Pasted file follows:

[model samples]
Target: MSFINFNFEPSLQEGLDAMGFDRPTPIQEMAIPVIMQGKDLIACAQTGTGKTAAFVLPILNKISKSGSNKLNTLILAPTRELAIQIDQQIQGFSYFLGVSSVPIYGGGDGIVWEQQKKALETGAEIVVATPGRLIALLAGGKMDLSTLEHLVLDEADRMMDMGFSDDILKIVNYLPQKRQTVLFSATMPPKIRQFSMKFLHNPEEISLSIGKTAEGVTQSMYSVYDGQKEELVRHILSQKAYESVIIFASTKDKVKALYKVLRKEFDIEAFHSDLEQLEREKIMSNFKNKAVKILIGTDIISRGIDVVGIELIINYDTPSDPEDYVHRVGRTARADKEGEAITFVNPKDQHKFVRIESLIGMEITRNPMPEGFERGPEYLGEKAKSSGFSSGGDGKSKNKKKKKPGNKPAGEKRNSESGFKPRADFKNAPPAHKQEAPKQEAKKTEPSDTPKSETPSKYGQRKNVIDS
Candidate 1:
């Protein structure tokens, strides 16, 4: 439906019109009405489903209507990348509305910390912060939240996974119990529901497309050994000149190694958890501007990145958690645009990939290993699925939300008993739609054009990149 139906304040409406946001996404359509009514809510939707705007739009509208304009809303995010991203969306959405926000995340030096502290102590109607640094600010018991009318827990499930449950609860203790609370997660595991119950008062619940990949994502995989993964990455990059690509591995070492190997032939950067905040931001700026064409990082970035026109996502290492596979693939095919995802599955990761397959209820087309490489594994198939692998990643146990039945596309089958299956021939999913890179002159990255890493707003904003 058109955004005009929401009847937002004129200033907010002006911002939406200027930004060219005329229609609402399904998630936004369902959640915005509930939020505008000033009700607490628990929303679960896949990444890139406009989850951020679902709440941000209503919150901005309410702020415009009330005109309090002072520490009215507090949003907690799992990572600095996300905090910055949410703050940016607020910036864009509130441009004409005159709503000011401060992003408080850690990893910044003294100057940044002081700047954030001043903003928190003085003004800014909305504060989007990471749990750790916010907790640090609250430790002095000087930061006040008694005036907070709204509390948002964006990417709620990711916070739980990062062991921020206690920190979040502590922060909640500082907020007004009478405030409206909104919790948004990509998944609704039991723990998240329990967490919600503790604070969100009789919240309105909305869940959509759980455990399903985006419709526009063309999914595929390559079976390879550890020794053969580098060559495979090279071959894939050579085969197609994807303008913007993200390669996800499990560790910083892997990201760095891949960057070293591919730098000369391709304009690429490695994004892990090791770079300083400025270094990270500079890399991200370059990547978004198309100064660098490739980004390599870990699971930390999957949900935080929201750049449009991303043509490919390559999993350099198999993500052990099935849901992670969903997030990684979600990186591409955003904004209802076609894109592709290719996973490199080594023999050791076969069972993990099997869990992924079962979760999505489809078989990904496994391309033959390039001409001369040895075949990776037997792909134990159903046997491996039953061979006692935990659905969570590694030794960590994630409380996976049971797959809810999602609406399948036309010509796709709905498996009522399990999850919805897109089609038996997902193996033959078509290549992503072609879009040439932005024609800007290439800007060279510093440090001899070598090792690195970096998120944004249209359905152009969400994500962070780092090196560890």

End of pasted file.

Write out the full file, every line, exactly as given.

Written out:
[model samples]
Target: MSFINFNFEPSLQEGLDAMGFDRPTPIQEMAIPVIMQGKDLIACAQTGTGKTAAFVLPILNKISKSGSNKLNTLILAPTRELAIQIDQQIQGFSYFLGVSSVPIYGGGDGIVWEQQKKALETGAEIVVATPGRLIALLAGGKMDLSTLEHLVLDEADRMMDMGFSDDILKIVNYLPQKRQTVLFSATMPPKIRQFSMKFLHNPEEISLSIGKTAEGVTQSMYSVYDGQKEELVRHILSQKAYESVIIFASTKDKVKALYKVLRKEFDIEAFHSDLEQLEREKIMSNFKNKAVKILIGTDIISRGIDVVGIELIINYDTPSDPEDYVHRVGRTARADKEGEAITFVNPKDQHKFVRIESLIGMEITRNPMPEGFERGPEYLGEKAKSSGFSSGGDGKSKNKKKKKPGNKPAGEKRNSESGFKPRADFKNAPPAHKQEAPKQEAKKTEPSDTPKSETPSKYGQRKNVIDS
Candidate 1:
């Protein structure tokens, strides 16, 4: 439906019109009405489903209507990348509305910390912060939240996974119990529901497309050994000149190694958890501007990145958690645009990939290993699925939300008993739609054009990149 139906304040409406946001996404359509009514809510939707705007739009509208304009809303995010991203969306959405926000995340030096502290102590109607640094600010018991009318827990499930449950609860203790609370997660595991119950008062619940990949994502995989993964990455990059690509591995070492190997032939950067905040931001700026064409990082970035026109996502290492596979693939095919995802599955990761397959209820087309490489594994198939692998990643146990039945596309089958299956021939999913890179002159990255890493707003904003 058109955004005009929401009847937002004129200033907010002006911002939406200027930004060219005329229609609402399904998630936004369902959640915005509930939020505008000033009700607490628990929303679960896949990444890139406009989850951020679902709440941000209503919150901005309410702020415009009330005109309090002072520490009215507090949003907690799992990572600095996300905090910055949410703050940016607020910036864009509130441009004409005159709503000011401060992003408080850690990893910044003294100057940044002081700047954030001043903003928190003085003004800014909305504060989007990471749990750790916010907790640090609250430790002095000087930061006040008694005036907070709204509390948002964006990417709620990711916070739980990062062991921020206690920190979040502590922060909640500082907020007004009478405030409206909104919790948004990509998944609704039991723990998240329990967490919600503790604070969100009789919240309105909305869940959509759980455990399903985006419709526009063309999914595929390559079976390879550890020794053969580098060559495979090279071959894939050579085969197609994807303008913007993200390669996800499990560790910083892997990201760095891949960057070293591919730098000369391709304009690429490695994004892990090791770079300083400025270094990270500079890399991200370059990547978004198309100064660098490739980004390599870990699971930390999957949900935080929201750049449009991303043509490919390559999993350099198999993500052990099935849901992670969903997030990684979600990186591409955003904004209802076609894109592709290719996973490199080594023999050791076969069972993990099997869990992924079962979760999505489809078989990904496994391309033959390039001409001369040895075949990776037997792909134990159903046997491996039953061979006692935990659905969570590694030794960590994630409380996976049971797959809810999602609406399948036309010509796709709905498996009522399990999850919805897109089609038996997902193996033959078509290549992503072609879009040439932005024609800007290439800007060279510093440090001899070598090792690195970096998120944004249209359905152009969400994500962070780092090196560890």